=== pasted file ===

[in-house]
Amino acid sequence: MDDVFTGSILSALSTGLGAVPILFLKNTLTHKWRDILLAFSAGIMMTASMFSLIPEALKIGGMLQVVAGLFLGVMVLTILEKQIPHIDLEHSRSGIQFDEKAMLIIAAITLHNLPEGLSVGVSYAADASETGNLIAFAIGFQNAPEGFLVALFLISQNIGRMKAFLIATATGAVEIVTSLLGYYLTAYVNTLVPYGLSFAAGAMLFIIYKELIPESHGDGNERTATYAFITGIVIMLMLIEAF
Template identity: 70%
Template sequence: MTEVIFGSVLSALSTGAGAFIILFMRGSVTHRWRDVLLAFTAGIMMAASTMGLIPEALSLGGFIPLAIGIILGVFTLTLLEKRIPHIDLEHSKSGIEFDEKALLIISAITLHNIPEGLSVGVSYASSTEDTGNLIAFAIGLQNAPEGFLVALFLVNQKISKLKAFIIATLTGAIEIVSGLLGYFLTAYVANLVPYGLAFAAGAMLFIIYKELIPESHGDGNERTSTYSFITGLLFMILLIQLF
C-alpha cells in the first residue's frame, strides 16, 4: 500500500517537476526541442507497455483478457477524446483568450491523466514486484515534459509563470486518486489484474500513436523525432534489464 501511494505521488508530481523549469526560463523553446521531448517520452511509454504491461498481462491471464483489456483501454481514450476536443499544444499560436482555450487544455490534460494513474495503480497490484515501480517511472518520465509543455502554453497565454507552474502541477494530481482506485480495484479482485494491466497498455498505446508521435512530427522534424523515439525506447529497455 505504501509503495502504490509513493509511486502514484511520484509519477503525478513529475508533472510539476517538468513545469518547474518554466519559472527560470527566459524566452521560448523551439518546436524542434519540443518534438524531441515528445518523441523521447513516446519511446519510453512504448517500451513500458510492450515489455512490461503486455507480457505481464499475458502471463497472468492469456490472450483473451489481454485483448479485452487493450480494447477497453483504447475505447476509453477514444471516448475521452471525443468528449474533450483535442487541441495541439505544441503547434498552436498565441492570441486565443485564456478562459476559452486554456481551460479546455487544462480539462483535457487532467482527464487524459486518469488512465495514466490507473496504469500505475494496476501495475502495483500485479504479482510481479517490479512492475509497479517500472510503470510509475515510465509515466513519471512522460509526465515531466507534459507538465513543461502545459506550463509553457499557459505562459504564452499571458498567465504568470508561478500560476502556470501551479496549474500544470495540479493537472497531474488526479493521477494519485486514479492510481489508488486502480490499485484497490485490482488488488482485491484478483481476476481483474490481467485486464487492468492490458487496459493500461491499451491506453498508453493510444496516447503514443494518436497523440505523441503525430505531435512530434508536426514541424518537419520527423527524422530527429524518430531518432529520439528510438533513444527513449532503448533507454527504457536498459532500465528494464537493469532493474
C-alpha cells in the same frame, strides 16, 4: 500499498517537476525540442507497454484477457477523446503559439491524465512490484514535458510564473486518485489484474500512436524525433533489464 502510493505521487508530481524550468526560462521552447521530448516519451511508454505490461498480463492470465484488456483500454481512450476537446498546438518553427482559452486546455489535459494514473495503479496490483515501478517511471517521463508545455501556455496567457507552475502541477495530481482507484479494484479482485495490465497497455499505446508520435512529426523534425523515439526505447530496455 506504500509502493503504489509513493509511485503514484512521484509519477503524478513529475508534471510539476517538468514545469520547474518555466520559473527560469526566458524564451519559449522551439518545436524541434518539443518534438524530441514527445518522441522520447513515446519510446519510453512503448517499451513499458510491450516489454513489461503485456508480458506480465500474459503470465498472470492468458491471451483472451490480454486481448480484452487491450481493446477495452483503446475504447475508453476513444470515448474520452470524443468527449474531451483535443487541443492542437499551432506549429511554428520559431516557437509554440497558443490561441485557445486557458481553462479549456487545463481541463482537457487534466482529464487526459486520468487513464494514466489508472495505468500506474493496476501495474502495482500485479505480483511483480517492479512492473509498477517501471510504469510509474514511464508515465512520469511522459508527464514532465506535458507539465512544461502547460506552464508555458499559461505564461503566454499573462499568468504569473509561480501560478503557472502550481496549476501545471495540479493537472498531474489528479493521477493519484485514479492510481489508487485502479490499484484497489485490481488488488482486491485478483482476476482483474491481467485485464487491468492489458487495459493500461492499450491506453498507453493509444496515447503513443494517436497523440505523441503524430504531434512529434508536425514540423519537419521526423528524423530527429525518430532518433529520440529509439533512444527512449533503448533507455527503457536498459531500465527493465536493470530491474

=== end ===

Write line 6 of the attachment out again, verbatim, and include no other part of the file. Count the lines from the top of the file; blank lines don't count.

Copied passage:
C-alpha cells in the same frame, strides 16, 4: 500499498517537476525540442507497454484477457477523446503559439491524465512490484514535458510564473486518485489484474500512436524525433533489464 502510493505521487508530481524550468526560462521552447521530448516519451511508454505490461498480463492470465484488456483500454481512450476537446498546438518553427482559452486546455489535459494514473495503479496490483515501478517511471517521463508545455501556455496567457507552475502541477495530481482507484479494484479482485495490465497497455499505446508520435512529426523534425523515439526505447530496455 506504500509502493503504489509513493509511485503514484512521484509519477503524478513529475508534471510539476517538468514545469520547474518555466520559473527560469526566458524564451519559449522551439518545436524541434518539443518534438524530441514527445518522441522520447513515446519510446519510453512503448517499451513499458510491450516489454513489461503485456508480458506480465500474459503470465498472470492468458491471451483472451490480454486481448480484452487491450481493446477495452483503446475504447475508453476513444470515448474520452470524443468527449474531451483535443487541443492542437499551432506549429511554428520559431516557437509554440497558443490561441485557445486557458481553462479549456487545463481541463482537457487534466482529464487526459486520468487513464494514466489508472495505468500506474493496476501495474502495482500485479505480483511483480517492479512492473509498477517501471510504469510509474514511464508515465512520469511522459508527464514532465506535458507539465512544461502547460506552464508555458499559461505564461503566454499573462499568468504569473509561480501560478503557472502550481496549476501545471495540479493537472498531474489528479493521477493519484485514479492510481489508487485502479490499484484497489485490481488488488482486491485478483482476476482483474491481467485485464487491468492489458487495459493500461492499450491506453498507453493509444496515447503513443494517436497523440505523441503524430504531434512529434508536425514540423519537419521526423528524423530527429525518430532518433529520440529509439533512444527512449533503448533507455527503457536498459531500465527493465536493470530491474